Most people’s knowledge of honey consists of a few simple facts: bees make it; it is a sticky, sweet and viscous amber liquid; and it is a natural and healthy product. In truth, honey is the result of a complex and precise relationship between bees and their environment and it is a crucial element for the well being of the planet.
Slow Food and its Foundation for Biodiversity are working around the world to support communities of quality honey producers and bring them together in a network.
Slow Food Presidia for eight products have been established to safeguard and promote native bees in Sateré-Mawé (Brazil); Tigrai white honey and Wenchi volcano honey (Ethiopia); native bees of Puebla Sierra Norte (Mexico); high mountain honeys and black Sicilian bees (Italy); the Swiss black bee (Switzerland) and mead honey (Poland).
Slow Food is also working to catalogue honeys at risk of extinction. Currently, more than 20 are listed on the Slow Food Ark of Taste, an online list of products to protect. And there are more than 100 Honey Terra Madre Food Communities.
Bees belong to a large insect family (Apoidea), under the Hymenoptera order which includes about 20,000 species. The bees that we know as honey producers belong to a sole genus of this family (Apis), which includes four species divided into races and sub-races that developed through the selection process and adaption to different natural and anthropized ecosystems.
As with all other pollinators, these extraordinary social insects play an indispensable role in the reproductive life of natural ecosystems and the survival of humankind. They are considered useful insects without comparison, not just for their role as pollinators, but also for their ability to produce honey, wax and propolis.
The characteristics of each honey are determined largely by the plants and flowers that populate the environment, rather by the race of bee. Honey is produced in the hive from flower nectar or sugary secretions released by plants or small insects that live on plants. In the latter case the final product is called honeydew.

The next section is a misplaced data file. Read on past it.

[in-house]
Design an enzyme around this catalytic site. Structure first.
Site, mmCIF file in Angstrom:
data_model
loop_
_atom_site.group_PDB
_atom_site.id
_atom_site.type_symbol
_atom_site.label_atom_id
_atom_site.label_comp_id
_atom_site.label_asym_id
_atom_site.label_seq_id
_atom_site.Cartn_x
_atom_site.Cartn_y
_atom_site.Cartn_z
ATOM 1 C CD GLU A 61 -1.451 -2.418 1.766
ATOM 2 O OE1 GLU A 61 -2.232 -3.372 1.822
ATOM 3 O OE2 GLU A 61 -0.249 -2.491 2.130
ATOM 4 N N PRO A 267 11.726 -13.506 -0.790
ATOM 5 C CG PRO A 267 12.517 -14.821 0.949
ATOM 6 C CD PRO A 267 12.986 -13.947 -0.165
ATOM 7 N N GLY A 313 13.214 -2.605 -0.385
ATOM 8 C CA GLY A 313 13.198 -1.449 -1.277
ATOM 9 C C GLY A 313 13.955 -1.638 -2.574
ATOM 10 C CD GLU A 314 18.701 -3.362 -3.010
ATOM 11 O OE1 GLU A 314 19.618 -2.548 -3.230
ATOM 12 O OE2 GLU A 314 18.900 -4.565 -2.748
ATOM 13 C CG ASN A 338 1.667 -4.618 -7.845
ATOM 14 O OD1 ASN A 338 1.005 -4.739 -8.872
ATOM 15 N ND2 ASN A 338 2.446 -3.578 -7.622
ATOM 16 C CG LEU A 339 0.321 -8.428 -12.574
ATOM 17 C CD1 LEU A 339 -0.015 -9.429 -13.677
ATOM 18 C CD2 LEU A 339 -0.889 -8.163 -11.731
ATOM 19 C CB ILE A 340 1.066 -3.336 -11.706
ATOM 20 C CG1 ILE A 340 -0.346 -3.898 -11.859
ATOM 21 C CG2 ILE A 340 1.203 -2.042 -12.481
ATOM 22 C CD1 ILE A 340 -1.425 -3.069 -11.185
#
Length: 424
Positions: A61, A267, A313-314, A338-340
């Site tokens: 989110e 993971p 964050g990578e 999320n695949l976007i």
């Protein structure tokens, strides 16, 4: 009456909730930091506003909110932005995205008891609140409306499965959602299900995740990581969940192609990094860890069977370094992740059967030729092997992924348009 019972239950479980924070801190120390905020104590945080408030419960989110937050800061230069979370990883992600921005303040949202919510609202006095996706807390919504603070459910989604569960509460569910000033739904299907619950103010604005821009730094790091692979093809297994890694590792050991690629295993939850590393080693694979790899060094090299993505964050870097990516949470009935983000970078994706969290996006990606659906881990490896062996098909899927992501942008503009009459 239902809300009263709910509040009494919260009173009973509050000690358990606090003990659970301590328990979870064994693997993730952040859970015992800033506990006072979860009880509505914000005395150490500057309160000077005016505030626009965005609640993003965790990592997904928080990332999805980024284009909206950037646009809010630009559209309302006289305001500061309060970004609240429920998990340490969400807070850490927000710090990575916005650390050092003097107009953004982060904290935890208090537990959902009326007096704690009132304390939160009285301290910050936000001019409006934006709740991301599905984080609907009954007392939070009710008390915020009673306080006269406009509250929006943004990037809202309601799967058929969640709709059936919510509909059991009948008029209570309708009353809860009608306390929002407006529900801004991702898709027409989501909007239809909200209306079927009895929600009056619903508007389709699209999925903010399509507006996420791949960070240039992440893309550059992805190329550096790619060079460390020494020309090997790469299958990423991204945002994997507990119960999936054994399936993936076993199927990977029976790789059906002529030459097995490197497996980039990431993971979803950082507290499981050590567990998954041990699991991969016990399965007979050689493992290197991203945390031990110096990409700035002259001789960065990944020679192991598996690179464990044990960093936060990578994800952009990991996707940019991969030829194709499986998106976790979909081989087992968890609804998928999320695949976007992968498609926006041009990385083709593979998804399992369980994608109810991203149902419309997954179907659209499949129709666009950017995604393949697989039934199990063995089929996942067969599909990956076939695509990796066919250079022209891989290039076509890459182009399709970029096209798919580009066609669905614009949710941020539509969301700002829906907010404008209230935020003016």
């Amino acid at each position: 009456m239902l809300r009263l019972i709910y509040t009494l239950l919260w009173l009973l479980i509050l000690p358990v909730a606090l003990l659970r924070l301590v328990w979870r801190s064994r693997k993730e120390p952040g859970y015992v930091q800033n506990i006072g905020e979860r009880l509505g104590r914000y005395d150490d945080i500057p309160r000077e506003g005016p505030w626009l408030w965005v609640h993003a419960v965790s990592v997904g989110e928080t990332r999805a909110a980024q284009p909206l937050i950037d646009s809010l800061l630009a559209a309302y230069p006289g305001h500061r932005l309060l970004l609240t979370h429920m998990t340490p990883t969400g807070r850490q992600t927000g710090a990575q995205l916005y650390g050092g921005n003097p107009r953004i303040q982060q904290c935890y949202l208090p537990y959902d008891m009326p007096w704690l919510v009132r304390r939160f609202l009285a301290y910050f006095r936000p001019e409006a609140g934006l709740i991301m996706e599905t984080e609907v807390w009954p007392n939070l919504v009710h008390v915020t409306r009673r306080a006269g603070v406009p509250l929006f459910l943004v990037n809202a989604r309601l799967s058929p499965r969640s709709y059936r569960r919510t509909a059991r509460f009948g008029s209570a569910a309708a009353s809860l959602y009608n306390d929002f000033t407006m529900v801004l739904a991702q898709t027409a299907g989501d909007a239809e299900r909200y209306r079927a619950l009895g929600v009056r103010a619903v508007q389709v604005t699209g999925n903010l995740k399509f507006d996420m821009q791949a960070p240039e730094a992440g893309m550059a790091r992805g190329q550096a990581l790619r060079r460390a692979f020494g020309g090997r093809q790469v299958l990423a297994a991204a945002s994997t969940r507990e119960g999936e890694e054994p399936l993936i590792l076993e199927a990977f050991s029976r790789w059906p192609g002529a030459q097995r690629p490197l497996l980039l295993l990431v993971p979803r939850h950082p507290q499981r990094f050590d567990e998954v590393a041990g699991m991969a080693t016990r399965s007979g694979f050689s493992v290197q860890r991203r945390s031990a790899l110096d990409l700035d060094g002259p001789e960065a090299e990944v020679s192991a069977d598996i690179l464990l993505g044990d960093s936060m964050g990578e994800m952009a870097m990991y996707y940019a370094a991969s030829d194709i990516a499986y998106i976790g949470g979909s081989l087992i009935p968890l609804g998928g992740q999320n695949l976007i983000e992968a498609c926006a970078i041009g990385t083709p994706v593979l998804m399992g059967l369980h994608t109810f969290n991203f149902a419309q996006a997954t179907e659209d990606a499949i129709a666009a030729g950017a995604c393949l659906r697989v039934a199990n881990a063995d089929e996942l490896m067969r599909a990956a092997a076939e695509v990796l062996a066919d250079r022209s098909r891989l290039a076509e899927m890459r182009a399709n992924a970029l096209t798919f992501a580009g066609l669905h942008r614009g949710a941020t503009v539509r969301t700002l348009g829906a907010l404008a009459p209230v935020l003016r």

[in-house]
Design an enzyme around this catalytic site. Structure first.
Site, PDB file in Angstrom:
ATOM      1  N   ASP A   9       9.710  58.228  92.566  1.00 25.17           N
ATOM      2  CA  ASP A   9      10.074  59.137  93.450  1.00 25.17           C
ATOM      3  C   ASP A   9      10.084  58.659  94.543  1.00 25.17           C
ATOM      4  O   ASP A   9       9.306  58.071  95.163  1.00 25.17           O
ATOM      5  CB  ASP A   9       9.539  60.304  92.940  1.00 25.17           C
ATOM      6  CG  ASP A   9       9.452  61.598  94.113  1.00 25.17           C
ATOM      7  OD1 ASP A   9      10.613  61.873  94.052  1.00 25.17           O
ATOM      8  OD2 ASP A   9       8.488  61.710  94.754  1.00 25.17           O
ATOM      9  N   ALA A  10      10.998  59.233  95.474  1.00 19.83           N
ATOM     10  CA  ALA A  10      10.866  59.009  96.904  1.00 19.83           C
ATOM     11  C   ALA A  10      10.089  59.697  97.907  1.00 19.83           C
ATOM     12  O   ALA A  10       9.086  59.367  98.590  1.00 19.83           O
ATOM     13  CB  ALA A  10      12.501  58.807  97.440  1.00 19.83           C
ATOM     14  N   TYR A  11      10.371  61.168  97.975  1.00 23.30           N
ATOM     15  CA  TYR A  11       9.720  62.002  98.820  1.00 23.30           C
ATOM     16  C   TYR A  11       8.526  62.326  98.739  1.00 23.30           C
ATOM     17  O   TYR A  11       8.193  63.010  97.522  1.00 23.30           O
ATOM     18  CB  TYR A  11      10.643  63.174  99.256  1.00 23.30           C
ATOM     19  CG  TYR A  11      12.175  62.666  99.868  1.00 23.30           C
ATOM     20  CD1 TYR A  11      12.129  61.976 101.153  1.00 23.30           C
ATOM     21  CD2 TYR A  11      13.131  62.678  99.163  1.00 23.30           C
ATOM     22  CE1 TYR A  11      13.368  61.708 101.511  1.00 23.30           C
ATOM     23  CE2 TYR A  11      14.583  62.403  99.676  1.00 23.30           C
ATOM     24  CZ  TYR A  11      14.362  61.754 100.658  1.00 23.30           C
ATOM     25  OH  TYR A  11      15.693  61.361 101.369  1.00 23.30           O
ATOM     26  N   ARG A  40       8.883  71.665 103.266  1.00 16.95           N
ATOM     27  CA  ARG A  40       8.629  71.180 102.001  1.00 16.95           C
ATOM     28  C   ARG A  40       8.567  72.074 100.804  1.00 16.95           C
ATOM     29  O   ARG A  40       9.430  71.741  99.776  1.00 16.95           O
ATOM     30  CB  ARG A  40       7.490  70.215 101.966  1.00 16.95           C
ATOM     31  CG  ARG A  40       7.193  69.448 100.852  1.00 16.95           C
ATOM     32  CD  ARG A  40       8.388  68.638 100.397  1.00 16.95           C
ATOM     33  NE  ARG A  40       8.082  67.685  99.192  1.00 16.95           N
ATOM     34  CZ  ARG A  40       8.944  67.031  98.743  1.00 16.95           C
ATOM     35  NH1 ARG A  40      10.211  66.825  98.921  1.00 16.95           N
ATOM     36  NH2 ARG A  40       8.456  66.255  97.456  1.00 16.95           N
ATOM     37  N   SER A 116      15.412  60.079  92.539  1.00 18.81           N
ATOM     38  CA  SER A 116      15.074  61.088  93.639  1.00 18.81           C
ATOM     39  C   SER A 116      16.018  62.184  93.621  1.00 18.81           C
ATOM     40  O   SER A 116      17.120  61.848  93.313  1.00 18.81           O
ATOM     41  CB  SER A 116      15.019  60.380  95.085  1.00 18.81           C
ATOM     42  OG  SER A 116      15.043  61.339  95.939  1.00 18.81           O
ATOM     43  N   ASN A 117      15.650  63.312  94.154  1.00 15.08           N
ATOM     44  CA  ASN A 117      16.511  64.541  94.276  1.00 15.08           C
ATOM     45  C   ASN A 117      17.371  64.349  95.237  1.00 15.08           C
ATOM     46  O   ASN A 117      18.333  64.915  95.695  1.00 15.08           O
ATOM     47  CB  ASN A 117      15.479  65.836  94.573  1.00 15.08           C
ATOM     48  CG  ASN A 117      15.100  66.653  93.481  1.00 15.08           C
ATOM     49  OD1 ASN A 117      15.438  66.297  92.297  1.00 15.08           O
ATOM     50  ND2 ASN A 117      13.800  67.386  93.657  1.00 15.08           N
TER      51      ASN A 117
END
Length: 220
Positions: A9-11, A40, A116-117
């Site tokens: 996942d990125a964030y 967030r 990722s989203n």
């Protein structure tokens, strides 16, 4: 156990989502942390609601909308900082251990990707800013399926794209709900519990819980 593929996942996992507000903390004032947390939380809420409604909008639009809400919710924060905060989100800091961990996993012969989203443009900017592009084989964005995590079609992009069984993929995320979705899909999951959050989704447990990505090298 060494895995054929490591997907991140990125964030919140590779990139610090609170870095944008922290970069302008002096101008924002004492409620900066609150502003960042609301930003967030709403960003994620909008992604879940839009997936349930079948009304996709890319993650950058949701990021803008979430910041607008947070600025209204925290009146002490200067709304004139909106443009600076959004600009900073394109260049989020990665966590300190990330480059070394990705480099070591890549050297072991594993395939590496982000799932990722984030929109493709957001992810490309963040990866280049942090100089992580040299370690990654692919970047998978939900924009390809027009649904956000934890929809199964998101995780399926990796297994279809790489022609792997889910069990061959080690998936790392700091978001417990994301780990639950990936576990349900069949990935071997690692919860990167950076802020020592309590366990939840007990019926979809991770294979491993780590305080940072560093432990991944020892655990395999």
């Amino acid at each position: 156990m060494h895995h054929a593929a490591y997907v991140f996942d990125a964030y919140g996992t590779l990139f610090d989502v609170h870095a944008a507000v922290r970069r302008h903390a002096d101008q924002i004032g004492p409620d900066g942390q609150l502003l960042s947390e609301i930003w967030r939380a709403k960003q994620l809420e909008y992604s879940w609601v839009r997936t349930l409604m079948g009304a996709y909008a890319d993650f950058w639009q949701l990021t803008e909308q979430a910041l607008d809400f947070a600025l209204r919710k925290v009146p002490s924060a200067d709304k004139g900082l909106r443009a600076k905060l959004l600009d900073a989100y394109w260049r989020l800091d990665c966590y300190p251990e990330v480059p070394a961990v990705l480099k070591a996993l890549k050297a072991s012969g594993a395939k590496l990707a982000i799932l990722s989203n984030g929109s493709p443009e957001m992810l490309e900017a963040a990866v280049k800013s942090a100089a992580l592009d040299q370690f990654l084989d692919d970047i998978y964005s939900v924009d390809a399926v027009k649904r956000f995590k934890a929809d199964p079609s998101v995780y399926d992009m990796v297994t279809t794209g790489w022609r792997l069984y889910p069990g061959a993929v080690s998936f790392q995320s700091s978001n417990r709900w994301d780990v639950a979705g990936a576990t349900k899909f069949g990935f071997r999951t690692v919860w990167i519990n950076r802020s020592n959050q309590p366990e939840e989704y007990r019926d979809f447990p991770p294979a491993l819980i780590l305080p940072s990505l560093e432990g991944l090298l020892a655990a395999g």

Bees collect these substances and transform them by combining them with substances the produce themselves. They then leave them to dry and mature them in the hive’s honeycomb. The variety of honeys produced is extraordinary, and includes monofloral and polyfloral honeys.
Each honey reflects the biodiversity of flora and natural ecosystems, as well as the knowledge, techniques and traditions of the producers.
Environment and Biodiversity
To be able to adapt to change and limit the emergence and spread of pests and diseases, a range of genetically diverse plants must populate the environment. This diversity exists thanks to the assistance of pollinating insects: while searching for food (flower nectar) they transport pollen from one plant to another, carrying out a continual mixing of plant genes (cross-pollination). In Europe alone, 84% of the 264 cultivated species depend on bee pollination and more than 4,000 different plant species survive thanks to bees.
Beekeeping is an ancient practice that precedes the birth of agriculture. Over the centuries humans have learned to interact with bees, benefiting from their pollinating services and harvesting honey and wax.
Today, beekeeping remains a very important economic activity in rural zones. From high mountains to the heart of tropical forests or semi-arid zones, beekeeping allows communities in marginal areas to earn an income and safeguard their territory.
Why are bees in danger?
Both wild and domesticated bee populations are suffering significant loses around the world: in Europe and the United States, as well as in Japan, Taiwan, Brazil and Africa.
In Europe, the mortality of bee colonies has been recorded at around 20%, while in the United Sates bee die-offs in the winter of 2013/14 exceeded 40%. Along with bees, significant declines have been recorded in populations of other pollinator insects, such as bumble bees, butterflies and moths.
The primary threat to pollinators and maintaining ecosystem balance is the high environmental impacts of our agricultural practices and the widespread use of insecticides. Of particular concern are the highly noxious or lethal insecticides that are used around the world today on almost all crops: neonicotinoids.
Slow Food – together with UNAAPI – is leading a campaign for the protection of bees and to promote a ban on killer pesticides. Find out how you can join and what you can do!
For more information:
>> Download the Slow Food’s position statement on bees